Located next to Monastiraki metro station, the Monastiraki flea market, though technically not a flea market, is a common attraction in Athens. The area is a collection of shops, selling almost everything, from cheap souvenirs to leather goods, vinyl, icons, musical instruments and jewellery, postcards and local traditional products. The meander of streets is also dotted with cafés, bars and small tavernas where you can stop for refreshments and food.
Held every Sunday, from early morning until late afternoon, the Piraeus flea market offers an authentic market experience. With a resolute oriental flair, the market, which you will find right behind the metro station, spreads out along the train tracks and offers all kinds of things. Creating a chaotic yet interesting assortment, the stalls sell everything you could think of, from knock-off designer bags, clothing and shoes as well as frying pans, spoons, pots and even bedspreads and blankets. Bargaining is welcome, and don’t be put off if you need to elbow your way through the crowds. Even if you do not buy anything, this gritty market is definitely a memorable experience.
Right on the busy Athinas street, the central market, also known as Varvakeios, is a hectic and vibrant market place. Split between meat and seafood and fish products on one side of the street, and fruits and vegetables on the other side, the Varvakeios offers a sensory experience. Shop for fresh olives and feta cheese, sun-kissed fruits and vegetables and even spices. The meat area may not be for all, as it is not surprising to see meat carcasses hanging up, while the fish section may require more than just a pair of flip flops due to the amount of water on the floor. Open from Monday to Saturday, the central market operates from early morning until late afternoon.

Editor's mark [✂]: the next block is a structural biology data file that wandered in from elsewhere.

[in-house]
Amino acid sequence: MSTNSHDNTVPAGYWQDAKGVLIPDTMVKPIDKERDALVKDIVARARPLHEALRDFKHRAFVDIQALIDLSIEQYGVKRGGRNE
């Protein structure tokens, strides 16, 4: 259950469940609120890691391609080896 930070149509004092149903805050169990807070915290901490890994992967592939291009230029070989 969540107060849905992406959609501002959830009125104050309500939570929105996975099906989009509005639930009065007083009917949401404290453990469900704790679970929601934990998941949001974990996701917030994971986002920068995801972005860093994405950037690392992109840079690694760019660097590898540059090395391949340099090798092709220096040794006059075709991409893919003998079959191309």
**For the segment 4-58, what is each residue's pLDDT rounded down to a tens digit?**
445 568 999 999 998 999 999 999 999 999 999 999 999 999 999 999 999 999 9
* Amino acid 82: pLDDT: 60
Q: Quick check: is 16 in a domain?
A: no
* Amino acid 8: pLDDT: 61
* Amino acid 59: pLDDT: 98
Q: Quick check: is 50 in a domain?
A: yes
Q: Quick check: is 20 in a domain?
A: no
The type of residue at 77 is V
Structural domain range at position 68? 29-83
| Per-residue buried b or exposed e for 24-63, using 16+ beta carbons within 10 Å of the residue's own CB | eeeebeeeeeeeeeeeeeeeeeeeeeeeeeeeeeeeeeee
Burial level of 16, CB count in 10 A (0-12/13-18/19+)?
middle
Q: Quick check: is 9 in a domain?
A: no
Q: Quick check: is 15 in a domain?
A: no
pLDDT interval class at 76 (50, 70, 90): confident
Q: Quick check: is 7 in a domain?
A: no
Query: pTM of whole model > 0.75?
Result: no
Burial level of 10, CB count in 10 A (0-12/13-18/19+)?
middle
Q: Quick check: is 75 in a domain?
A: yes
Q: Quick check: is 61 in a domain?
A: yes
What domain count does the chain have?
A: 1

If you are in the southern suburbs but would rather not visit the Central Market on Athinas street, don’t worry, Piraeus has its own version, located behind the port on Gounari street. Buy the freshest fish and seafood, fruits, vegetables, cheese and cured meats. Small stalls and narrow shops also sell spices, herbs, olive oil, wine, liquors and a whole variety of legumes. If being surrounded by food helps you work up an appetite, you can satiate your hunger at the nearby cafés and tavernas with local fare.
A small square off Ifestou street, the Avissynias square welcomes a small bazaar every Saturday and Sunday. Shop for antiques, records, old books, ceramics and other antique finds. The bazaar expands beyond the square unto Ermou street all the way to Thisseio metro station. Don’t hesitate to bargain if you’ve found something you like or simply wander around. If you need a break, the area is filled with cafés and tavernas where you can rest and recuperate.
Laiki agora (or street markets), where you can shop fruits and veg, household goods, herbs and dried nuts, are held every day of the week in different areas of the city. So why not stop by the vibrant laiki on Kallidromiou street in Exarcheia, where food stalls stand in front of colourful street art background? On market days, the “anarchist” neighbourhood looks like any other district. Feel a bit hungry? Pop by one of the several welcoming bars for a snack. If you are staying near the Acropolis, Koukaki also has a laiki on Fridays on Tsami Karatassou street.